excuse Rosies decidedly modern tattoo, one of her favorite
prizes from the library for her summer reading log.πŸ˜†


I have a few computer issues to fix over the weekend but will have a more detailed post up soon! This was such a fun project and I love how everything turned out.

Love,
Sarah

Wednesday, July 11, 2018

Homemade 1930's Underthings

Ever since our really-super-hot event in June I have felt a little burned out on making 1860's things. I do have a few shirts in various stages of completion for a couple friends but I haven't done much else to build up our kits. I may want to make Anne a new dress before our event in August but that is mainly because I think the skirt on her new dress came out a little skimpy and a fuller skirt would look better. But that's just in the maybe-possibly-someday-if-I-have-time-if-I-feel-like-it stage.

I've been really digging into family ancestry lately, partly because I do so in fits and starts whenever I have time and inclination and partly because I am determined to really, finally at last find a record of a Civil War soldier in own bloodline and find out what their story is. (And so far my research has proved at least several Union soldiers who were great-great-great-great uncles and 1 who was a Confederate, who deserted, but NO RECORD of a direct ancestor yet!) 

Anyway, while researching my great-grandmothers line in West Virginia I became very invested in her life story. I've talked about my great grandma on my blog a little bit in the past. She came from a not well-to-do family and her husband, his family, all their parents, grandparents and great grandparents and on as far back as I can trace all were from the same general area of West Virginia (or Virginia, prior to 1863). I have happy memories of this little, spunky, kind looking lady who made exquisite things and helped spur me down the path of fiber arts. She married the love of her life, my great-grandfather, on August 8, 1931 in Ripley, West Virginia. My grandma was born not long after.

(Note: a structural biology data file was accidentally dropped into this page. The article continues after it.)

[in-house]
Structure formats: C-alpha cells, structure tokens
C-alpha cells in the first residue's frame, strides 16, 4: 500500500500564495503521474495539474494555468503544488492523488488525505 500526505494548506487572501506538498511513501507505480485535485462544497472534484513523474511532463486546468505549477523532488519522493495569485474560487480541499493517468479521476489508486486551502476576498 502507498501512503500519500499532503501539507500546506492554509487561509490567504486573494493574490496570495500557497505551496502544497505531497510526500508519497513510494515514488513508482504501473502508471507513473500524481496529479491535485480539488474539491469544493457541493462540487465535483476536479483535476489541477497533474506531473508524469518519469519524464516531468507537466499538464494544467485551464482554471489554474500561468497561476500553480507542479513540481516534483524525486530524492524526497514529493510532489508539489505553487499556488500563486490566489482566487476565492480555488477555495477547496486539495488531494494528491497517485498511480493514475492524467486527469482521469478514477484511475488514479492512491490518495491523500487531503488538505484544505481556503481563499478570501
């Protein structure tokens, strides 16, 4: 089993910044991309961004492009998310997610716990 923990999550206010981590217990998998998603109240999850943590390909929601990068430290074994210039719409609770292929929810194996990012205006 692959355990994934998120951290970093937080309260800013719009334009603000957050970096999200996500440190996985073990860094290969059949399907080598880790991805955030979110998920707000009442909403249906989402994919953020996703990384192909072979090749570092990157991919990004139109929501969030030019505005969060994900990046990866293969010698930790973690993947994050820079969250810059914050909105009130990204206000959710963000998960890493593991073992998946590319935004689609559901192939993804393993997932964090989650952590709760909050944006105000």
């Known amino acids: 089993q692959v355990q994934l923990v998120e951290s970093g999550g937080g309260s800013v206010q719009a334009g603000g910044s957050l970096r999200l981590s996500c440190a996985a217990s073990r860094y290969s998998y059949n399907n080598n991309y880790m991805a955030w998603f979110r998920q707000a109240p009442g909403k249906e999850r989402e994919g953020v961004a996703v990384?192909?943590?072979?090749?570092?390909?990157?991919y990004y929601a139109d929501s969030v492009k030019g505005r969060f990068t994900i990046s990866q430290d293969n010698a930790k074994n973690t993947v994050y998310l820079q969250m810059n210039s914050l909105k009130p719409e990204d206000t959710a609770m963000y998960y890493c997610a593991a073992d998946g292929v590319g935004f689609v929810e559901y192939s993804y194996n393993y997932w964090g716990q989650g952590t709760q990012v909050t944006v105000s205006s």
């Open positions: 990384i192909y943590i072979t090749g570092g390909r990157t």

My great grandparents

I really wanted to make a 1930's outfit representative of something my great grandma may have worn in the 30's. I have made a few 30's dresses in the past but I wanted to do a better job this time; to make something that really was real, if that makes sense. Something my great grandma may have made by hand or on her own sewing machine and put on for day to day wear around the house as a woman of modest means in West Virginia. 

My grandma, sometime around 1944